Objective: To investigate the attitudes of terminally ill individuals toward the legalization of euthanasia or physician-assisted suicide (PAS) and to identify those who would personally desire such a death.
Design: In the Canadian National Palliative Care Survey, semistructured interviews were administered to 379 patients who were receiving palliative care for cancer. Patients who expressed a desire for physician-hastened death were followed prospectively.
Main outcome measures: Attitudes toward the legalization of euthanasia or PAS were determined, as was the personal interest in receiving a hastened death. Demographic and clinical characteristics were also recorded, including a 22-item structured interview of symptoms and concerns.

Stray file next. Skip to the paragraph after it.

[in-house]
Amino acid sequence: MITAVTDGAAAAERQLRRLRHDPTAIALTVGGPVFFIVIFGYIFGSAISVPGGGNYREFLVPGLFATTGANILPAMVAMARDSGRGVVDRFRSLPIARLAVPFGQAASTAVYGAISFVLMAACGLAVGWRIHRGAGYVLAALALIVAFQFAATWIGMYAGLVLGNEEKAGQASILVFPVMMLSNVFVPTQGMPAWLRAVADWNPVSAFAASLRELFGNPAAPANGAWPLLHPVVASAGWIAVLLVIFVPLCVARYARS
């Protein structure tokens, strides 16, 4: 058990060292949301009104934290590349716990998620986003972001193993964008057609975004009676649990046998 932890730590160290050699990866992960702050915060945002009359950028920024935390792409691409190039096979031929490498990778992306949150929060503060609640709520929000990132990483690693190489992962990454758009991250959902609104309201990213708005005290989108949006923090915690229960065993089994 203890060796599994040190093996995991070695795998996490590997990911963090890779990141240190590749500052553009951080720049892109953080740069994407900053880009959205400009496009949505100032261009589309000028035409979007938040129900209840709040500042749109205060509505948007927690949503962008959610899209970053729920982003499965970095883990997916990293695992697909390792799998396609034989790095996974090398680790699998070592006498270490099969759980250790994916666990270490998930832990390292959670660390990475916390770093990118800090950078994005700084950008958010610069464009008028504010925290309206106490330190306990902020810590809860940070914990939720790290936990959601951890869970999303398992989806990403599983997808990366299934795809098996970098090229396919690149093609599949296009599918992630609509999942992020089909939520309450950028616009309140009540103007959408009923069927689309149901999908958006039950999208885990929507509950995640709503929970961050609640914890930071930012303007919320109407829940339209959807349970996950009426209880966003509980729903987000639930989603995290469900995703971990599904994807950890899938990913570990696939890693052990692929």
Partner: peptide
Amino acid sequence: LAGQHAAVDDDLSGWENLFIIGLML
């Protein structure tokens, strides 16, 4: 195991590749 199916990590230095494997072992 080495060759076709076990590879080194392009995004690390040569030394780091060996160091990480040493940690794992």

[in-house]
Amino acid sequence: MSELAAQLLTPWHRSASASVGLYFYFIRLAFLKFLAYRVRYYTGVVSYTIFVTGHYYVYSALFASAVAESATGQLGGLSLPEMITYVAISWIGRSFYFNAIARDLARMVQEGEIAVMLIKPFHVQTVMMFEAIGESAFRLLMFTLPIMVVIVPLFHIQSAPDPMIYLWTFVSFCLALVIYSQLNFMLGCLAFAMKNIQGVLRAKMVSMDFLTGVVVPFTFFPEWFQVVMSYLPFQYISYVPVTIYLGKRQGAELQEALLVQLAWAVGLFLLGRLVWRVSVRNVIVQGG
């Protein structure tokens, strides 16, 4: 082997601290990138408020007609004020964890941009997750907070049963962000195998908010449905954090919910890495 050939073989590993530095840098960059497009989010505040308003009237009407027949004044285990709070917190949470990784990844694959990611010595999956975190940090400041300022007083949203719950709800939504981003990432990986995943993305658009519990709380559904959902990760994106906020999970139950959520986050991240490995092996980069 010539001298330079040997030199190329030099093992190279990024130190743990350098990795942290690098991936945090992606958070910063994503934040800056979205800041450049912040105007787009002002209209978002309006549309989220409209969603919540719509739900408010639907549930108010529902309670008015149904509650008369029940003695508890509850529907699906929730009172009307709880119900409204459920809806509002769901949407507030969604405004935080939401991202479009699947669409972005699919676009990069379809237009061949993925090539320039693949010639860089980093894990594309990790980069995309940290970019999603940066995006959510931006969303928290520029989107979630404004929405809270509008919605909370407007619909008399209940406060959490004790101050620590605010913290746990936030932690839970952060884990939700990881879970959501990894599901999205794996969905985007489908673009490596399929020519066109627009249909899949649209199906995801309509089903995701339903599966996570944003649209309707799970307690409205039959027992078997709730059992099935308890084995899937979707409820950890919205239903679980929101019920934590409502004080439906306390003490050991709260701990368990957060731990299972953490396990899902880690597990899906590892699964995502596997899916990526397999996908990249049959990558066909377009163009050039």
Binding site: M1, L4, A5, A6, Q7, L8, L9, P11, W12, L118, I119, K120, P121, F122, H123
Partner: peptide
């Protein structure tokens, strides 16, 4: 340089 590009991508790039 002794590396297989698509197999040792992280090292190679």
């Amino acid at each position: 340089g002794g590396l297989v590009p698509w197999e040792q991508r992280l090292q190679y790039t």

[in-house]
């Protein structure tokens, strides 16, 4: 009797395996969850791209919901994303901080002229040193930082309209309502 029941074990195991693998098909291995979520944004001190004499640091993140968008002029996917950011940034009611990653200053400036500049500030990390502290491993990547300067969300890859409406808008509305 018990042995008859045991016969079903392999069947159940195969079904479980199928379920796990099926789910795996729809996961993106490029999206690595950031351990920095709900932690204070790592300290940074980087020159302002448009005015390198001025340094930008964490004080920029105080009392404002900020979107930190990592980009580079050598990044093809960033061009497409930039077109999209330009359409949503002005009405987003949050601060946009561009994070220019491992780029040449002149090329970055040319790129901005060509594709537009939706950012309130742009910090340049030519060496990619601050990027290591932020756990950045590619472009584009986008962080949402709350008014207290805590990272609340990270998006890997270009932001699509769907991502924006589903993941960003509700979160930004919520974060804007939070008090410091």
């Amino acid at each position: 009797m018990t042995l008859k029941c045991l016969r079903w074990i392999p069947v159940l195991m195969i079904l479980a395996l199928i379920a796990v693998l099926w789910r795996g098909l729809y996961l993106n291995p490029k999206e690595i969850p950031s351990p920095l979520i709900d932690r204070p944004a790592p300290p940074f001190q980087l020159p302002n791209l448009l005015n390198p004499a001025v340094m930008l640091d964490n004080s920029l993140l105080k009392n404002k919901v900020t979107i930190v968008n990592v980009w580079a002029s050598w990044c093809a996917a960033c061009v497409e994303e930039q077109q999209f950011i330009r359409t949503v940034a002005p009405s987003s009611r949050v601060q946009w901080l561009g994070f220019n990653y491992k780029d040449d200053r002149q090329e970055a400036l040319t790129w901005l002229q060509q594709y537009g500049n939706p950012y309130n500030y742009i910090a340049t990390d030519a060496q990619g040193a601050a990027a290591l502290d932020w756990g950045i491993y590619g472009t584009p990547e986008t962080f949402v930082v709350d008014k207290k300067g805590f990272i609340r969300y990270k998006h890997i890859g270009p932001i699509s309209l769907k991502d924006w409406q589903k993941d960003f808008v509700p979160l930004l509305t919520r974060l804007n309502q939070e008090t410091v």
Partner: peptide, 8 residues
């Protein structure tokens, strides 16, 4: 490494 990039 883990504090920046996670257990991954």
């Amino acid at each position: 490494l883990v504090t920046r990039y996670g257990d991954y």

Results: There were 238 participants (62.8%) who believed that euthanasia and/or PAS should be legalized, and 151 (39.8%) who would consider making a future request for a physician-hastened death. However, only 22 (5.8%) reported that, if legally permissible, they would initiate such a request right away, in their current situations. This desire for hastened death was associated with lower religiosity (p=.010), reduced functional status (p=.024), a diagnosis of major depression (p<.001), and greater distress on 12 of 22 individual symptoms and concerns (p<.025). In follow-up interviews with 17 participants, 2 (11.8%) showed instability in their expressed desire.
Conclusion: Among patients receiving palliative care for cancer, the desire to receive euthanasia or PAS is associated with religious beliefs; functional status; and physical, social, and psychological symptoms and concerns. Although this desire is sometimes transitory, once firmly established, it can be enduring.
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